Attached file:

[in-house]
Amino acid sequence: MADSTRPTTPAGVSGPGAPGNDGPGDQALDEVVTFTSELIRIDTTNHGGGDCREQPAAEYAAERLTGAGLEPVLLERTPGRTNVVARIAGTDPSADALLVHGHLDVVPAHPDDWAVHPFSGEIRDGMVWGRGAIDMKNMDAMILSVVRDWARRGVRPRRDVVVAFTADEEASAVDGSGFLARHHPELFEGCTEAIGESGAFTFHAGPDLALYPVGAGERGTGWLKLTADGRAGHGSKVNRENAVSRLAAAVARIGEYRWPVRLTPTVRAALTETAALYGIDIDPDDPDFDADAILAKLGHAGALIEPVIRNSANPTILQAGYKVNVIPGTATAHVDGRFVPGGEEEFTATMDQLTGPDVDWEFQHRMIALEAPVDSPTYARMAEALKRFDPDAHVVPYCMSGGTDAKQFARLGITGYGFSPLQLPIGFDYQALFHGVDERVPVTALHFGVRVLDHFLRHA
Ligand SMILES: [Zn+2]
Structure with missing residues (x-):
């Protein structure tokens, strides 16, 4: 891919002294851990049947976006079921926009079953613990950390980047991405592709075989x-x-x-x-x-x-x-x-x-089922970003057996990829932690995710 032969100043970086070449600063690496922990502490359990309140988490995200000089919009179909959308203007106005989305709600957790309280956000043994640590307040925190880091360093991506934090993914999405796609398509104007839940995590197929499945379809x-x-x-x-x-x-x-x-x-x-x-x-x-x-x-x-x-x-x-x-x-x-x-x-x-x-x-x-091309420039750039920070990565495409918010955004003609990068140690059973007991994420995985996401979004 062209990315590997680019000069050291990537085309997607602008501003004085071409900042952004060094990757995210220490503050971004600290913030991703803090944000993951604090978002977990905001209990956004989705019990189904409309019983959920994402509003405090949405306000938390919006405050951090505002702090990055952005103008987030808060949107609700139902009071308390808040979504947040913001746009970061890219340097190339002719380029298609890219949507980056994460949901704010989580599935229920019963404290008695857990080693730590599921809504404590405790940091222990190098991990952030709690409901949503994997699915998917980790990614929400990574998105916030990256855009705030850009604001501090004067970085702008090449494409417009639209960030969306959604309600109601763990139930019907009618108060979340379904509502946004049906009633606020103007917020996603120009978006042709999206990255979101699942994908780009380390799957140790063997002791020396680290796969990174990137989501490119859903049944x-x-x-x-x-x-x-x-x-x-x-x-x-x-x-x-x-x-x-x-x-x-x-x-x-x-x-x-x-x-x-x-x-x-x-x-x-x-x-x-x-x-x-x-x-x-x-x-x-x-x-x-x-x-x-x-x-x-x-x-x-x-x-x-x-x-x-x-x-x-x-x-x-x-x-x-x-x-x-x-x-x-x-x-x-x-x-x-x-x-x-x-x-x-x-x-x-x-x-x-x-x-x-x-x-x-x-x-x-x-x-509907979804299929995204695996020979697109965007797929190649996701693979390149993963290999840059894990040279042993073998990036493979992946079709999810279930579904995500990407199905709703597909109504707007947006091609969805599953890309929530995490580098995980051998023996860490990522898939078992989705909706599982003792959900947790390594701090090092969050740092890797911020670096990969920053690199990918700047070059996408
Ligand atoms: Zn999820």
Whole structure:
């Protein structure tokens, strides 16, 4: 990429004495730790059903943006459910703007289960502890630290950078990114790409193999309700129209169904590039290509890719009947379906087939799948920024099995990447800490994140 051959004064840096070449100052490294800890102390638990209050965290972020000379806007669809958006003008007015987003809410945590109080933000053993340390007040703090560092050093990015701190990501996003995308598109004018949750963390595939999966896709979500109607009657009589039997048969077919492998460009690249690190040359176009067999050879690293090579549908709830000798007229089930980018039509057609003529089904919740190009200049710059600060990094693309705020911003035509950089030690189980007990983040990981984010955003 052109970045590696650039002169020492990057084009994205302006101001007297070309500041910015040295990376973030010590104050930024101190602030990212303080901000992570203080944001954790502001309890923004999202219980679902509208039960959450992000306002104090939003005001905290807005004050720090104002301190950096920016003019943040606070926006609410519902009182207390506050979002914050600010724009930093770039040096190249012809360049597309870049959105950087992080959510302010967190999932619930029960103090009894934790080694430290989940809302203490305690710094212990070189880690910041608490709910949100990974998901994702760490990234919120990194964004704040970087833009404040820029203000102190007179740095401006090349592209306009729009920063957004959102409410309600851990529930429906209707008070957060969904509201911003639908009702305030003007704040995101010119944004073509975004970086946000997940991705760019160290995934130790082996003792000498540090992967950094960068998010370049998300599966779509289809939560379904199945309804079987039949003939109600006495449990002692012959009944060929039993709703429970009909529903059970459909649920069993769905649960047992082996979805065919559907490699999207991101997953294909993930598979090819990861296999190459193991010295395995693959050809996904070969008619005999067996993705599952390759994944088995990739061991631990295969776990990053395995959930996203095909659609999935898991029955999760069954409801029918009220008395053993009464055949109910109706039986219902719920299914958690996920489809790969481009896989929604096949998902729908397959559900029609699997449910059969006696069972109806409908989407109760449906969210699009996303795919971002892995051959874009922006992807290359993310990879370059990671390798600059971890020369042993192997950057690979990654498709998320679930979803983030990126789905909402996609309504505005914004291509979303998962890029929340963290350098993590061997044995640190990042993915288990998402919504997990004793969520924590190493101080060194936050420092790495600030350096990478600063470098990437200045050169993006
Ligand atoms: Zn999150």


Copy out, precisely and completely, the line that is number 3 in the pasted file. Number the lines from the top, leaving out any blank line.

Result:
Ligand SMILES: [Zn+2]